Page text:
attended the annual Indian celebrations in Springfield Mass. annually since 1971
up until he died in 2004, aged well over 80. Some years he rode his '53 Chief
and other years this Four. He hosted an annual Indian Days at his 1950 style
shop, alongside the Campbell River in Ontario, which is where I took this photo.
The event is now called "Chrome on the River" .
I do not know where the next modified motorcycle is from but it appears to be a 1960 era Matchless with an old Scout engine so neatly transplanted a non-expert might assume it came that way from the factory. (Click on thumbnail to see large image) I am guessing Oz since so many ex military Scout engines and relatively fair number of Matchlesses still abound there. Maybe the owner will see this and provide a less cluttered right side photo and info on the project. (For another photo of this bike see the Scout site.) Other than a different muffler and chrome on the side of the tank, and use of a Scout instead of Chief engine, it is almost a replica of the prototype the Indian factory built in 1960 (see below, Matchless and AJS were virtually the same thing in those days).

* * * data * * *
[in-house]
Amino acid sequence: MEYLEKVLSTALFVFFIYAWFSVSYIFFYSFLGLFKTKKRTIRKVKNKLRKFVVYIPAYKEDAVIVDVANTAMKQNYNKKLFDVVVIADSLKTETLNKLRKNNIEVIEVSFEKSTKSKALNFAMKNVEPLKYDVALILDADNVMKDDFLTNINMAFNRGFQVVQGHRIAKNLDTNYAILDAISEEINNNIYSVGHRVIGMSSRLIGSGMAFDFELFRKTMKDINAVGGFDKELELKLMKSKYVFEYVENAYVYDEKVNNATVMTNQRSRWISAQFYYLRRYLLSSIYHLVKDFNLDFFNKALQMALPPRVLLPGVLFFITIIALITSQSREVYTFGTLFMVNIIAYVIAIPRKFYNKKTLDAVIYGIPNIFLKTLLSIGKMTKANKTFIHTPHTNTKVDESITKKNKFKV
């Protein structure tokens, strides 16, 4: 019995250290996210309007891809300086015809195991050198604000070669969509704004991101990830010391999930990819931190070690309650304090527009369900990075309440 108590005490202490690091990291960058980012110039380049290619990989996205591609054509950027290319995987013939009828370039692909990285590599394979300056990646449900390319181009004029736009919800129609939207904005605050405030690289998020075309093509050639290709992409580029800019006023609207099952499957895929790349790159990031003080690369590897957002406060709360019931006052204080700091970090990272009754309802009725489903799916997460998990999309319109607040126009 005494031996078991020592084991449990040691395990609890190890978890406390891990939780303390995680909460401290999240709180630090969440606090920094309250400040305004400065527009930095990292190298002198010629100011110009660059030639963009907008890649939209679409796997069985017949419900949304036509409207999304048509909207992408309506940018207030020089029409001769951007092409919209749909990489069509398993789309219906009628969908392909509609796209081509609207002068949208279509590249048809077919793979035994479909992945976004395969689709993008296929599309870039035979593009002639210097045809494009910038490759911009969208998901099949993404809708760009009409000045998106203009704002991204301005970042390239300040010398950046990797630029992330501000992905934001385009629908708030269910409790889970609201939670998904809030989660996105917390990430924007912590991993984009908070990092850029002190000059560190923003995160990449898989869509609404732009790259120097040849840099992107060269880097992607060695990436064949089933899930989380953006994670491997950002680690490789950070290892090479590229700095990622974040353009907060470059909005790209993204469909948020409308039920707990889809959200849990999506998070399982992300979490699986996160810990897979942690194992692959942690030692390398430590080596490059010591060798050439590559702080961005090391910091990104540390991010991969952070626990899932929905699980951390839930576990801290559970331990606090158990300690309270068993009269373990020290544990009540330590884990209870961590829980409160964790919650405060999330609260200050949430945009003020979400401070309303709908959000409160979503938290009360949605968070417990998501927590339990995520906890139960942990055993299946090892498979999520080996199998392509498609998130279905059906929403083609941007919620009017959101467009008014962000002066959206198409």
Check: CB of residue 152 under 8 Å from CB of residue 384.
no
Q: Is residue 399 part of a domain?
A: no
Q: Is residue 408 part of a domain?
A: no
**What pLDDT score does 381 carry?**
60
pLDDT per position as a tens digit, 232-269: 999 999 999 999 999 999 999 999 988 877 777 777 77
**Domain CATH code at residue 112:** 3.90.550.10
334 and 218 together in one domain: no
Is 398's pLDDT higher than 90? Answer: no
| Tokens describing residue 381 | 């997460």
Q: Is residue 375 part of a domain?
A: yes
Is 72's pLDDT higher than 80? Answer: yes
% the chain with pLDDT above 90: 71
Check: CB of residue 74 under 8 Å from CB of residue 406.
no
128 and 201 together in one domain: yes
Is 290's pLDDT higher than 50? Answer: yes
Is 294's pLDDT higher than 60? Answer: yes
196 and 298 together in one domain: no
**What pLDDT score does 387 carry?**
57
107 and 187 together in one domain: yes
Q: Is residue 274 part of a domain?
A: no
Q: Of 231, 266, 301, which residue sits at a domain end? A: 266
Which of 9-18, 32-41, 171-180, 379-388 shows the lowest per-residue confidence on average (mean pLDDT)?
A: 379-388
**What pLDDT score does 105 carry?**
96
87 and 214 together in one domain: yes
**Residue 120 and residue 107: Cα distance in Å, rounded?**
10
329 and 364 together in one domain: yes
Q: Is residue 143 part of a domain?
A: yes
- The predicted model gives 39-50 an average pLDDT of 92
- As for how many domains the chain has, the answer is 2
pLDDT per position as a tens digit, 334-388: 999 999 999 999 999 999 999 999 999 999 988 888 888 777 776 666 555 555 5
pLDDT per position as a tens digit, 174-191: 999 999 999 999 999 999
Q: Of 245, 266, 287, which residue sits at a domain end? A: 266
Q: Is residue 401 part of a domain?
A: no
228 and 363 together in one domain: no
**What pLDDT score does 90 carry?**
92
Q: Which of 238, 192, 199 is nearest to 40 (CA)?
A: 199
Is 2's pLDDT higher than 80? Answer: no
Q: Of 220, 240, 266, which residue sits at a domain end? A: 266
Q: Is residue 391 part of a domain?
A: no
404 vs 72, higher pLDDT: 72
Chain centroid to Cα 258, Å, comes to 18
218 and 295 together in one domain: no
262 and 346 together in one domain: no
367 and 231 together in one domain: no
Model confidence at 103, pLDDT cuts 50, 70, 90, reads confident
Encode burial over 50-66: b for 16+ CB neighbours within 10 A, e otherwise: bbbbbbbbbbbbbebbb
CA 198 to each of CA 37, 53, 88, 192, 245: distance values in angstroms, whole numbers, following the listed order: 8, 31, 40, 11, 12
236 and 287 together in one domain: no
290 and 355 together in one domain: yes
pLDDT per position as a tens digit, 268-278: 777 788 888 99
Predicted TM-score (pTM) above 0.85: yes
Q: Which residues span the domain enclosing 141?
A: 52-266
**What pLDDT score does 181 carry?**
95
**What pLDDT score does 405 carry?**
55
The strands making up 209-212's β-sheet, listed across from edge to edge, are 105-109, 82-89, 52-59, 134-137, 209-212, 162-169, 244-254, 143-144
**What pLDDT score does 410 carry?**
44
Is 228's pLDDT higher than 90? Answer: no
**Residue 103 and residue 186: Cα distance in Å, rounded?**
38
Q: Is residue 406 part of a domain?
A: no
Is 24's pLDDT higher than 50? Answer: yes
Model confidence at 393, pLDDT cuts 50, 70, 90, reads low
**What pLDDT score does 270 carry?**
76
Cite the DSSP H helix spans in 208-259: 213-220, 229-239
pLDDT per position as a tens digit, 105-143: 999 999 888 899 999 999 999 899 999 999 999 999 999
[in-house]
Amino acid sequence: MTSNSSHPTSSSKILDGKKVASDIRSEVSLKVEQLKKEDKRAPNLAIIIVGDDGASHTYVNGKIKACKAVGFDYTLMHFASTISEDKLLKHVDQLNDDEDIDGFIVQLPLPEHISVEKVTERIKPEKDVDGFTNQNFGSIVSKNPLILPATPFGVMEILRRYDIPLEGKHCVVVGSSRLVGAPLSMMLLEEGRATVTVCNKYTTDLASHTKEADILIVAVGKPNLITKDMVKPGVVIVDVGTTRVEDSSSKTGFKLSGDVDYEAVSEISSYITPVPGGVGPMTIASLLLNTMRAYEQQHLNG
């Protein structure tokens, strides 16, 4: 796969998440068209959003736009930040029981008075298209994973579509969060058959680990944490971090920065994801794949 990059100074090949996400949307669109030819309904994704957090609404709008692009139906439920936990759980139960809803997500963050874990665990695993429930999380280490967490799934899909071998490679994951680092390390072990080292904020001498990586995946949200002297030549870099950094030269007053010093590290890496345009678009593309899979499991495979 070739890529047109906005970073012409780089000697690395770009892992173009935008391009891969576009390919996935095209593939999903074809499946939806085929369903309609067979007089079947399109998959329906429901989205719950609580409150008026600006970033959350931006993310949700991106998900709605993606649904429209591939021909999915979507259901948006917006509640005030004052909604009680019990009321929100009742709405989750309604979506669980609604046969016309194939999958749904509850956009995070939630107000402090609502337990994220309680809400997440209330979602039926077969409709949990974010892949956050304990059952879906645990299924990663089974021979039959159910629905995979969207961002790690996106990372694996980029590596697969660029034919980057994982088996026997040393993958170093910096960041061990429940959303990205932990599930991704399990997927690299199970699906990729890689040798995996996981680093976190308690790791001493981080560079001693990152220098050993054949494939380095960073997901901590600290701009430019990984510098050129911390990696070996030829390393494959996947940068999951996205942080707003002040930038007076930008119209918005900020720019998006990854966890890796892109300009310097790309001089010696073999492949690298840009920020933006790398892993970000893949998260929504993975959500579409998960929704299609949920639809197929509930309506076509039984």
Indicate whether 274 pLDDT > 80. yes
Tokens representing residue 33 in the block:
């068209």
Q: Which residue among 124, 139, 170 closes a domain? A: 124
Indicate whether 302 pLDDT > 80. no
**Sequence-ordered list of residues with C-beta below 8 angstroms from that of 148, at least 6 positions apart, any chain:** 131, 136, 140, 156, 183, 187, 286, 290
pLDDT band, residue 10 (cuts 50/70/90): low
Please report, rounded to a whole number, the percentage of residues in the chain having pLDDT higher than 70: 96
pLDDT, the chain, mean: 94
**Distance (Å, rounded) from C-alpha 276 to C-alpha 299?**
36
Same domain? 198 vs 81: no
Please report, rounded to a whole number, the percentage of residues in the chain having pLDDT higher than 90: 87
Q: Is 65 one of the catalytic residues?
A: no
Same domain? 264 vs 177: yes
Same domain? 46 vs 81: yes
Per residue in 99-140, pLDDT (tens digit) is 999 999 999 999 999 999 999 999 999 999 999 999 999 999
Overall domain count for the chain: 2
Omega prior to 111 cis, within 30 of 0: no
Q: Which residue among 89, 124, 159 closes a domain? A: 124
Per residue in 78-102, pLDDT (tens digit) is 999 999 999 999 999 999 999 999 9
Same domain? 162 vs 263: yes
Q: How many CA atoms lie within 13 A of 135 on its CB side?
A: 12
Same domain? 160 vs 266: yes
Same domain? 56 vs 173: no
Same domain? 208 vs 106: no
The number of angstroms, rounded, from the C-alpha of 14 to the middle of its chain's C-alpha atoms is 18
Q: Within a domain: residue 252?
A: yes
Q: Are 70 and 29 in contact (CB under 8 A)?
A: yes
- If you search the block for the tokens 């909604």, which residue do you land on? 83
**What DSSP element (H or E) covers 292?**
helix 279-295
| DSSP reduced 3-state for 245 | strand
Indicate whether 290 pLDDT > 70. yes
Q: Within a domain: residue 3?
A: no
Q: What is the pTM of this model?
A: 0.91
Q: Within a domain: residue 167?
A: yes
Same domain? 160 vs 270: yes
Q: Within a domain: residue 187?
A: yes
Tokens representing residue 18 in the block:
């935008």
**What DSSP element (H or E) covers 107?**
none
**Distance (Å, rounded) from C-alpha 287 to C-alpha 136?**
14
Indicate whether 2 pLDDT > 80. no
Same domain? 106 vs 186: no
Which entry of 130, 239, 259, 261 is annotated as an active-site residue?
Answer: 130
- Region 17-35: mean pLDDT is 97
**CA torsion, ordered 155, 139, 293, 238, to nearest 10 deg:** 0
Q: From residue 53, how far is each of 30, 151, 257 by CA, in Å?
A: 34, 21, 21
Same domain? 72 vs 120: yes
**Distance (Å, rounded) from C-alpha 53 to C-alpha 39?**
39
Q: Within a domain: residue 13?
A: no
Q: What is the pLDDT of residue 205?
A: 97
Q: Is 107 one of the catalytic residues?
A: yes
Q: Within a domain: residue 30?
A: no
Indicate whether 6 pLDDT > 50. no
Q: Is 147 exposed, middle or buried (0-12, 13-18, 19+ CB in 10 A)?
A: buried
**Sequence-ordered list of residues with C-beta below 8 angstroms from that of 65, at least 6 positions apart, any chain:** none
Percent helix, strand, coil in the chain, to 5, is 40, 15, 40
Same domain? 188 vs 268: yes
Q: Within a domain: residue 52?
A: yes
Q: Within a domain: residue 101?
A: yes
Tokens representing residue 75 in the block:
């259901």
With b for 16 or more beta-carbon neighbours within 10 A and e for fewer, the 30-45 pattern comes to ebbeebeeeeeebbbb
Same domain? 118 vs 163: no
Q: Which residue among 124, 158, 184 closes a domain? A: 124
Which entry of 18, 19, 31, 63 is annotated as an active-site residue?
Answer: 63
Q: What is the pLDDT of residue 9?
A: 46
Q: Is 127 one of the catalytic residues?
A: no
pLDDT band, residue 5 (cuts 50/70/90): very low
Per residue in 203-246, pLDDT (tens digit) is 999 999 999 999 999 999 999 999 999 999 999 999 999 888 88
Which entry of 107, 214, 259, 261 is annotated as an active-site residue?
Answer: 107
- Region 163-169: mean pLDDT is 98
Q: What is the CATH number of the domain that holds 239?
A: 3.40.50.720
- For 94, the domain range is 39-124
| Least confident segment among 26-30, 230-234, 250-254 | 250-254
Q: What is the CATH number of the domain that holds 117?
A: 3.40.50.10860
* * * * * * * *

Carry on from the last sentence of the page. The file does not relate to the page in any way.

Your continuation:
So on the left below is the aforementioned factory prototype 1957 AJS (probably originally with a 550 or 600 c.c. mill) with the Indian Chief mill very carefully inserted. It uses the English primary drive. Not a centimeter to spare but it fits! Bike probably has same power output as before (meaning clutch can cope) but engine will last forever. Less vibration too I'd expect. The bike must be at least 150 pounds lighter than a 1946-48 Chief, so faster. Also it has a Burman 4 speed and having owned a '50's Matchless I can say they shift very fast, partly because its 1 up and 3 down. Large AJS tank carries about 5.5 US gallons and the lighter weight = better fuel mileage and with that big seat (rare on a Brit bike, but stock during the '50's) one could cruise longer than a stock Chief. I do not know if James Clark still owns it.